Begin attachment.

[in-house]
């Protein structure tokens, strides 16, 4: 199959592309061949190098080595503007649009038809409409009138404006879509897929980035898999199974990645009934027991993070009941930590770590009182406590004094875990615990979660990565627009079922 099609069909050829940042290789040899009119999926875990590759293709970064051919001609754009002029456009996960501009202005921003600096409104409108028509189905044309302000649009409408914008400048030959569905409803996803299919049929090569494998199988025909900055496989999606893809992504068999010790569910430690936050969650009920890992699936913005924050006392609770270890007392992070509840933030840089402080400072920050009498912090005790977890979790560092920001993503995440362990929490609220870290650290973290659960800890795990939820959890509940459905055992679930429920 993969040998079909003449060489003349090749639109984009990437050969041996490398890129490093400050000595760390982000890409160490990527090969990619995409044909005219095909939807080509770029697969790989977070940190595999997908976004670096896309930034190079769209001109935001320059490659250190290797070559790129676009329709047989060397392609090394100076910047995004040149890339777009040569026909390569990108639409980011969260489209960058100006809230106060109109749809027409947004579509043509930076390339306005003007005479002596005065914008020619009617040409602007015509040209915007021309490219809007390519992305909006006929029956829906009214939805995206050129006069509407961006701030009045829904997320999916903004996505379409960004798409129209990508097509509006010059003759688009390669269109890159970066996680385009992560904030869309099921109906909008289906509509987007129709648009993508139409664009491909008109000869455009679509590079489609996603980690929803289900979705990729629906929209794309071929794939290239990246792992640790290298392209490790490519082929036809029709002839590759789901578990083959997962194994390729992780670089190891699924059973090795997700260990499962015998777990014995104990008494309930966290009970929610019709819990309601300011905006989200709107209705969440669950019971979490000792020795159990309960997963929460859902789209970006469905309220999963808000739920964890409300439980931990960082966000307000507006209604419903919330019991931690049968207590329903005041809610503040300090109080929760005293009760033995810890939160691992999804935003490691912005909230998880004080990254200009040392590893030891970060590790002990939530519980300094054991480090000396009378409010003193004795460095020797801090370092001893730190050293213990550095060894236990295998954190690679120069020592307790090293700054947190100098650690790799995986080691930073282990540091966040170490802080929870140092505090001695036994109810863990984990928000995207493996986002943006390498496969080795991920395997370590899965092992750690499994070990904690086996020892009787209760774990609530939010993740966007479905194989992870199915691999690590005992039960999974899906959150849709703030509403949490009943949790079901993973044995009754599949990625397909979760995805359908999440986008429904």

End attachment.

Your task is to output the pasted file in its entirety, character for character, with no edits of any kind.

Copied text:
[in-house]
């Protein structure tokens, strides 16, 4: 199959592309061949190098080595503007649009038809409409009138404006879509897929980035898999199974990645009934027991993070009941930590770590009182406590004094875990615990979660990565627009079922 099609069909050829940042290789040899009119999926875990590759293709970064051919001609754009002029456009996960501009202005921003600096409104409108028509189905044309302000649009409408914008400048030959569905409803996803299919049929090569494998199988025909900055496989999606893809992504068999010790569910430690936050969650009920890992699936913005924050006392609770270890007392992070509840933030840089402080400072920050009498912090005790977890979790560092920001993503995440362990929490609220870290650290973290659960800890795990939820959890509940459905055992679930429920 993969040998079909003449060489003349090749639109984009990437050969041996490398890129490093400050000595760390982000890409160490990527090969990619995409044909005219095909939807080509770029697969790989977070940190595999997908976004670096896309930034190079769209001109935001320059490659250190290797070559790129676009329709047989060397392609090394100076910047995004040149890339777009040569026909390569990108639409980011969260489209960058100006809230106060109109749809027409947004579509043509930076390339306005003007005479002596005065914008020619009617040409602007015509040209915007021309490219809007390519992305909006006929029956829906009214939805995206050129006069509407961006701030009045829904997320999916903004996505379409960004798409129209990508097509509006010059003759688009390669269109890159970066996680385009992560904030869309099921109906909008289906509509987007129709648009993508139409664009491909008109000869455009679509590079489609996603980690929803289900979705990729629906929209794309071929794939290239990246792992640790290298392209490790490519082929036809029709002839590759789901578990083959997962194994390729992780670089190891699924059973090795997700260990499962015998777990014995104990008494309930966290009970929610019709819990309601300011905006989200709107209705969440669950019971979490000792020795159990309960997963929460859902789209970006469905309220999963808000739920964890409300439980931990960082966000307000507006209604419903919330019991931690049968207590329903005041809610503040300090109080929760005293009760033995810890939160691992999804935003490691912005909230998880004080990254200009040392590893030891970060590790002990939530519980300094054991480090000396009378409010003193004795460095020797801090370092001893730190050293213990550095060894236990295998954190690679120069020592307790090293700054947190100098650690790799995986080691930073282990540091966040170490802080929870140092505090001695036994109810863990984990928000995207493996986002943006390498496969080795991920395997370590899965092992750690499994070990904690086996020892009787209760774990609530939010993740966007479905194989992870199915691999690590005992039960999974899906959150849709703030509403949490009943949790079901993973044995009754599949990625397909979760995805359908999440986008429904």